Traumatic Brain Injury (TBI) is caused by a jolt or blow to the head or the penetration of the skull by a foreign object. Normal brain functioning is disrupted.

Several years ago my son suffered a traumatic brain injury (TBI) during an out-of-town soccer game. An opposing player was clearing the ball by their goal. My son took the full brunt of the ball in his right parietal. The force knocked all six-foot-two of him off his feet and out cold. He came-to quickly and convinced his coach to leave him in, scoring the winning goal for his team. At the time of the incident there were no mandates in place about removing an athlete from participating if a head or brain injury was suspected.

My son arrived home not feeling well and the right side of his head was swollen. Because it was a Sunday I took him to the hospital as soon as I heard what had happened. The ER docs looked him over, scanned his head, and pronounced him fit enough to go home. They did caution me about symptoms to watch for and to keep an eye on him overnight, just in case.

I received a call from my son during school the following day. He felt dizzy, disorientated, and nauseous. He had a severe headache, too. These symptoms were indicative of a TBI.

I picked him up from school and took him to see a sports concussion specialist, which our pediatrician referred him to. My son was given a number of tests, which he failed completely. The diagnosis was a mild traumatic brain injury (mTBI), also known as a concussion. He was pulled from all athletics immediately while the doctor monitored him. It would be a month until he could return to play. It would be close to a year before he felt himself.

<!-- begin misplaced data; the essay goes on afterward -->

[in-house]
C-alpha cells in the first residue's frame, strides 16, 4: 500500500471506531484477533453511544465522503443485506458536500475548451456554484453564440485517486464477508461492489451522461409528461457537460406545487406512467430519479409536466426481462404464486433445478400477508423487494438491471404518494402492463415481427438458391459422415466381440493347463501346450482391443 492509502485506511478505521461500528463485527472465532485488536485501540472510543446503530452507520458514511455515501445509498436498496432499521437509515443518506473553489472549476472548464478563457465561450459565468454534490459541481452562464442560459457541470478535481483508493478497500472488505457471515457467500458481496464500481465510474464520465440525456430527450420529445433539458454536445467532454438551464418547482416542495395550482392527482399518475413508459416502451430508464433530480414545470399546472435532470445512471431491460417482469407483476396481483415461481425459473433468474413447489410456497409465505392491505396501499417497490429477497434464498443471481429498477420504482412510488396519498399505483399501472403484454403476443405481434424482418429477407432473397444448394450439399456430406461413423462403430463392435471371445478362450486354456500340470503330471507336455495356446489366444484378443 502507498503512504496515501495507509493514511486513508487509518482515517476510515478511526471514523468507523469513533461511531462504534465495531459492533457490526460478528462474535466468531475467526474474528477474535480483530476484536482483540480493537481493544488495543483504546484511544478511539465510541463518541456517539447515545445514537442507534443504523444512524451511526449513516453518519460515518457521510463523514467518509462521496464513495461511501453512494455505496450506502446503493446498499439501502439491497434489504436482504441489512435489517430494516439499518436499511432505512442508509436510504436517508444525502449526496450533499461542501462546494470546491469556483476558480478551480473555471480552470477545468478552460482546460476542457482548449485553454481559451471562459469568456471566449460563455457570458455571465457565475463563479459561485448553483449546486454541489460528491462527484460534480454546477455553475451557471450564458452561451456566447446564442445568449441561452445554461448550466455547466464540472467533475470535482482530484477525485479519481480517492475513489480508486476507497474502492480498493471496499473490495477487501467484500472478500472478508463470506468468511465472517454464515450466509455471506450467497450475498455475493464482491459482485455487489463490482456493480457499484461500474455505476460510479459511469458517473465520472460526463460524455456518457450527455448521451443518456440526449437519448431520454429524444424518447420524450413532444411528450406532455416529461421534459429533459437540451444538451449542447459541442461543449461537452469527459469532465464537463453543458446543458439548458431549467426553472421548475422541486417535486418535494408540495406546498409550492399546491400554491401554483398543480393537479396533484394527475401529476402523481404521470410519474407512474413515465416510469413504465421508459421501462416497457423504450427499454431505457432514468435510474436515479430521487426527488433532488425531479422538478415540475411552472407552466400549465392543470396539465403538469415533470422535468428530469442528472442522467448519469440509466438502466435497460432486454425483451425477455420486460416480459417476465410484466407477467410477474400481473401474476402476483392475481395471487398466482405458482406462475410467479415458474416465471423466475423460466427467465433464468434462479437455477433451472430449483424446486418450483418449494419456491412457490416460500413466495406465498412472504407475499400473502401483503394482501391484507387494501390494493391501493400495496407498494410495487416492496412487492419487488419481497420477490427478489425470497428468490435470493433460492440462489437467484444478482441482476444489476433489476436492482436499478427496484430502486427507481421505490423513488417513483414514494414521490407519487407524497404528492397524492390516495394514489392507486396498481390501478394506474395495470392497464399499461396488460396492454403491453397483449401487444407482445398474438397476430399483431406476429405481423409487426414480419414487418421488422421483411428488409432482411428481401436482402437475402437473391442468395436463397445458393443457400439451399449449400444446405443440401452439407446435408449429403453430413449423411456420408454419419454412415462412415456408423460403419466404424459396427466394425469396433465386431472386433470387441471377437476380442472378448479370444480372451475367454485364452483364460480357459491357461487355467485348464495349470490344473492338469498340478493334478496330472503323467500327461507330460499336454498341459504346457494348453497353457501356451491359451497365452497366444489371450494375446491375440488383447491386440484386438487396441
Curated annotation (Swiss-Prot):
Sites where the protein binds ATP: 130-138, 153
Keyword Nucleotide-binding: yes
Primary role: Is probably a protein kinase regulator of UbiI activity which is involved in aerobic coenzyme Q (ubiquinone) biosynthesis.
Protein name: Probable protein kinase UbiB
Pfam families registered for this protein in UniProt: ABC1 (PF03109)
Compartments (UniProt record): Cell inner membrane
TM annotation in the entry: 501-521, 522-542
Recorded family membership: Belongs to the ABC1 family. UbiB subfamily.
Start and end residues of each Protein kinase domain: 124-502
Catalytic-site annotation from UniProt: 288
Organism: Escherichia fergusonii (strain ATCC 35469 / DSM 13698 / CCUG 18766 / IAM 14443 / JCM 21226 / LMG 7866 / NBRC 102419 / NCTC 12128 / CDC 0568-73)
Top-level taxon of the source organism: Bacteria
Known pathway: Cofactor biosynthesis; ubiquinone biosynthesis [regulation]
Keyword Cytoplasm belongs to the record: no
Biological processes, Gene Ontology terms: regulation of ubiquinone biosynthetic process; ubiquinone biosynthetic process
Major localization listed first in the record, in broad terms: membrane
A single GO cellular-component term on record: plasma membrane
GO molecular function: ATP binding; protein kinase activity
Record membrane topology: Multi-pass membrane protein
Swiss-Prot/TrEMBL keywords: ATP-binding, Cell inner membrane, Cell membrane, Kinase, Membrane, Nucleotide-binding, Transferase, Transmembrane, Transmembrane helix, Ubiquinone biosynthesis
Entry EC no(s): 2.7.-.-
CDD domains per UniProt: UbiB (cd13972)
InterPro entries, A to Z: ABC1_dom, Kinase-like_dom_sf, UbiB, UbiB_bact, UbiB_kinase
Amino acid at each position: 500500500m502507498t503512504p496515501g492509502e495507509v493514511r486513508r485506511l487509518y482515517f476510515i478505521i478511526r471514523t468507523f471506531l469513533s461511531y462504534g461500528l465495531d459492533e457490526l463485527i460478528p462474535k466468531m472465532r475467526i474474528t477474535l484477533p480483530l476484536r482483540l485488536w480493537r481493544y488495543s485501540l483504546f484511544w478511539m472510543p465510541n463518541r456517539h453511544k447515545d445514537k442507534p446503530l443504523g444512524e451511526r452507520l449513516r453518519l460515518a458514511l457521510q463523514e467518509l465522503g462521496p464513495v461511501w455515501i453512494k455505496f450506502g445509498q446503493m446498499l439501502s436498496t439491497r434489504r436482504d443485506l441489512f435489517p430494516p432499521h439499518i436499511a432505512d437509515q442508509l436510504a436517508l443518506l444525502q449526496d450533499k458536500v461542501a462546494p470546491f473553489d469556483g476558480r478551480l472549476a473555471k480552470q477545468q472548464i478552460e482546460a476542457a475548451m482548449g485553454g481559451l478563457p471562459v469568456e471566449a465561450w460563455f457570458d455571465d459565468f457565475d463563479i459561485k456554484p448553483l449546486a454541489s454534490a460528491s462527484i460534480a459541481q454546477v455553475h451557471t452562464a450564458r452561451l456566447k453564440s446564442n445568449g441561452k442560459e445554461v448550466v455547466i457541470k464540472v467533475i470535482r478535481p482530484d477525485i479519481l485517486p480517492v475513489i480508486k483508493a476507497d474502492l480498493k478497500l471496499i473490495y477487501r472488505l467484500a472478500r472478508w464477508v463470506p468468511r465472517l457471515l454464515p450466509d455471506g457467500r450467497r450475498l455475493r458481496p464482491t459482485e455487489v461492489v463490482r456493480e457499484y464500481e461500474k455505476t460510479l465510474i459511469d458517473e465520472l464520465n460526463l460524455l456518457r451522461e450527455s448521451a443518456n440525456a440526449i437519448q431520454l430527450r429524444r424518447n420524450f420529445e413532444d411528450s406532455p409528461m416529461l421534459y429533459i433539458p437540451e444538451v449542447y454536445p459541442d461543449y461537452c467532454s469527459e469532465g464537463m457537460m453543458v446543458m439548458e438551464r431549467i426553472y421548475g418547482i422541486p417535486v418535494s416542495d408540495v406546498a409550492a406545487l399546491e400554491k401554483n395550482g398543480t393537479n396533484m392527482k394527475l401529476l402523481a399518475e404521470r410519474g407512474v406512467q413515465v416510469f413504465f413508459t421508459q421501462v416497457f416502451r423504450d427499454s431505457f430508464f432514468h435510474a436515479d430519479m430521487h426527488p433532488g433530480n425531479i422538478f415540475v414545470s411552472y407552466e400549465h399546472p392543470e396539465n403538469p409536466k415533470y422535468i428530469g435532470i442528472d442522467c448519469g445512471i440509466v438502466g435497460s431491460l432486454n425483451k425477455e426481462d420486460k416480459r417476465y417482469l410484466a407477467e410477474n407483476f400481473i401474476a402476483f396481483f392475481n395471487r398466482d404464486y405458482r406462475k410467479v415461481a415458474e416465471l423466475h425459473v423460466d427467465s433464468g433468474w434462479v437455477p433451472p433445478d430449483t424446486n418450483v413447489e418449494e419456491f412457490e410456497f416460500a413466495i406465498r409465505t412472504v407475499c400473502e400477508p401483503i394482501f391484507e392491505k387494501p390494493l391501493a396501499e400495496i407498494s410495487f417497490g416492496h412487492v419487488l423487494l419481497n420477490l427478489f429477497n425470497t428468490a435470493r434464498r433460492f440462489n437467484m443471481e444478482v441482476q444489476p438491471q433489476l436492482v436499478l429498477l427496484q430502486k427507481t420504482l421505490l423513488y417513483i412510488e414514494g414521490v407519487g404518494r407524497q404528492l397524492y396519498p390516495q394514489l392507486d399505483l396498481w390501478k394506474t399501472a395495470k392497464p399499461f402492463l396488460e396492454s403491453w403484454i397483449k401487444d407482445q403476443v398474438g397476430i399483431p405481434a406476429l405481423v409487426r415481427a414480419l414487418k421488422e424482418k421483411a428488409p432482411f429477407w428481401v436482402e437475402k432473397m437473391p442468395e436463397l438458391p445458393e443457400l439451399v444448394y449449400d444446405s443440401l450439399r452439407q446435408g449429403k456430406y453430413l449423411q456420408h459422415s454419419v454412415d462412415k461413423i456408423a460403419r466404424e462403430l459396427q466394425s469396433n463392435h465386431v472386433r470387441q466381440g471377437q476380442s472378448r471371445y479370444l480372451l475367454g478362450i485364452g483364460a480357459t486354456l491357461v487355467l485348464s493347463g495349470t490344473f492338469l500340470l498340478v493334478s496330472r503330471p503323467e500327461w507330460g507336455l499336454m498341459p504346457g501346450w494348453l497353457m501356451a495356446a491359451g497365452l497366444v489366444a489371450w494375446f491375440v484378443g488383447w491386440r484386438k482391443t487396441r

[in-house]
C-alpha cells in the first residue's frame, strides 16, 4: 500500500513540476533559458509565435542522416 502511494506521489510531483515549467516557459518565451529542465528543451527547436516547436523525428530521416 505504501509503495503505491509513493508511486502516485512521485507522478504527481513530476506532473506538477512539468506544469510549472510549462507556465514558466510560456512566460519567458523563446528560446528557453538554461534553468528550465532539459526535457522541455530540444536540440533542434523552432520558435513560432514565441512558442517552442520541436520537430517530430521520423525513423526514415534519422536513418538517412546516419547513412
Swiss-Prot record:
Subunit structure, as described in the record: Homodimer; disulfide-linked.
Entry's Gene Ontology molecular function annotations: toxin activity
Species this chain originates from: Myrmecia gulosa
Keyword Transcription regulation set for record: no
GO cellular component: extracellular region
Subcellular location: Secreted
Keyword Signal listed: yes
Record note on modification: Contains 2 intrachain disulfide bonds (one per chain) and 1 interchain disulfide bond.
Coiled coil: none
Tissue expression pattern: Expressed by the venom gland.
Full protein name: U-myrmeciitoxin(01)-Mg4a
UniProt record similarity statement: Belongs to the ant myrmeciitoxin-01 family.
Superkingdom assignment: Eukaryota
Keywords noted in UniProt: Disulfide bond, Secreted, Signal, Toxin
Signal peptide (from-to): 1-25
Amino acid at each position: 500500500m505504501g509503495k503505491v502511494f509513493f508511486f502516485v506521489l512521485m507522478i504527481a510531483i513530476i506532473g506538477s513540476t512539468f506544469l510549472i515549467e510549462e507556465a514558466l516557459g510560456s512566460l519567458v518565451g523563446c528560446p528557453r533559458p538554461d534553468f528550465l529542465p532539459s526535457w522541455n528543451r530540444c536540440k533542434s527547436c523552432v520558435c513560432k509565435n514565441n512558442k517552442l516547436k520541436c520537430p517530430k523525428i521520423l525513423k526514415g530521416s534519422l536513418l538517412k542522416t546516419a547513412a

In addition to dizziness, nausea and/or vomiting, and severe headaches, those suffering a brain injury can experience any of the following signs and symptoms: memory loss, slowing cognitive functioning, visual issues, sensitivity to light and sound, loss of smell, balance issues, trouble sleeping, fatigue, mood changes — especially irritability, feeling depressed, and seizures.

March is Brain Injury Awareness Month. Each year it is estimated that 1.7 million adults and children sustain TBIs. Another 795,000 incur acquired brain injury (ABI). Males are more likely to sustain a TBI than females. Close to a half million children between the ages of 0 and 14 are treated annually in ERs for TBI related injuries; they are most commonly sustained by children between the ages of 0 and 4 and adolescents between the ages of 15 and 19. Education and awareness about brain injuries and brain injury prevention is critical:

  • New parents should be educated on the prevention of Shaken Baby Syndrome.
     
  • Soft material should cover the area around playground equipment.
     
  • Infants and older children riding in vehicles should be properly restrained. Parents should be educated about proper installation and use of car seats, booster seats, and seatbelts.
     
  • Safety gates should be installed on stairs and other elevated areas, like outside decks, and safety bars on windows to alleviate falls.
     
  • Coaches and officials should be trained about TBIs — what to look for and treatment.
     
  • Parents and youth athletes should be knowledgeable about the risks of head injuries in their sports and be able to recognize the signs and symptoms of TBIs. Athletes should wear protective equipment that is required, i.e., a helmet for horseback riding.